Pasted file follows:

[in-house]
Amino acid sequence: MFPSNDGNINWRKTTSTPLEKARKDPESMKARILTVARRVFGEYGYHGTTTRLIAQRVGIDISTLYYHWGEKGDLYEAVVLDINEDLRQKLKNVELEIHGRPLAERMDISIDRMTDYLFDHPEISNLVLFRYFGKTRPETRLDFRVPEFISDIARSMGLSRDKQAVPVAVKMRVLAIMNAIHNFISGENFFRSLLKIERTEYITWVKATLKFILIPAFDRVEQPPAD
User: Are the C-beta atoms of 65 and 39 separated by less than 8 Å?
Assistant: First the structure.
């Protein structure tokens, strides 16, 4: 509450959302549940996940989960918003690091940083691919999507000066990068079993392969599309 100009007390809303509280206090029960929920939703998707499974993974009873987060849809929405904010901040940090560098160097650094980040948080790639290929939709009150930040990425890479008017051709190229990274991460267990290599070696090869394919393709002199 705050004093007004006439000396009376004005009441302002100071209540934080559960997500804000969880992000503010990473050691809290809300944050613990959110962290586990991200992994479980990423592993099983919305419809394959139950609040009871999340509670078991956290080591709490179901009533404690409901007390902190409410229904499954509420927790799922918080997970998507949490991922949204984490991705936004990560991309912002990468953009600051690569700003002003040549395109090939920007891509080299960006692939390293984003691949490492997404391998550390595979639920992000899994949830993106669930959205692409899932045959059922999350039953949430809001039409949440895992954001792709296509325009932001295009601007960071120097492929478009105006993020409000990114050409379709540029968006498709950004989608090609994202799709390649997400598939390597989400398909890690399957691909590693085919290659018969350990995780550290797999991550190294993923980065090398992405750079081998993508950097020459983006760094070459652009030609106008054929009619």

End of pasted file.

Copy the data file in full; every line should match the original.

[in-house]
Amino acid sequence: MFPSNDGNINWRKTTSTPLEKARKDPESMKARILTVARRVFGEYGYHGTTTRLIAQRVGIDISTLYYHWGEKGDLYEAVVLDINEDLRQKLKNVELEIHGRPLAERMDISIDRMTDYLFDHPEISNLVLFRYFGKTRPETRLDFRVPEFISDIARSMGLSRDKQAVPVAVKMRVLAIMNAIHNFISGENFFRSLLKIERTEYITWVKATLKFILIPAFDRVEQPPAD
User: Are the C-beta atoms of 65 and 39 separated by less than 8 Å?
Assistant: First the structure.
């Protein structure tokens, strides 16, 4: 509450959302549940996940989960918003690091940083691919999507000066990068079993392969599309 100009007390809303509280206090029960929920939703998707499974993974009873987060849809929405904010901040940090560098160097650094980040948080790639290929939709009150930040990425890479008017051709190229990274991460267990290599070696090869394919393709002199 705050004093007004006439000396009376004005009441302002100071209540934080559960997500804000969880992000503010990473050691809290809300944050613990959110962290586990991200992994479980990423592993099983919305419809394959139950609040009871999340509670078991956290080591709490179901009533404690409901007390902190409410229904499954509420927790799922918080997970998507949490991922949204984490991705936004990560991309912002990468953009600051690569700003002003040549395109090939920007891509080299960006692939390293984003691949490492997404391998550390595979639920992000899994949830993106669930959205692409899932045959059922999350039953949430809001039409949440895992954001792709296509325009932001295009601007960071120097492929478009105006993020409000990114050409379709540029968006498709950004989608090609994202799709390649997400598939390597989400398909890690399957691909590693085919290659018969350990995780550290797999991550190294993923980065090398992405750079081998993508950097020459983006760094070459652009030609106008054929009619």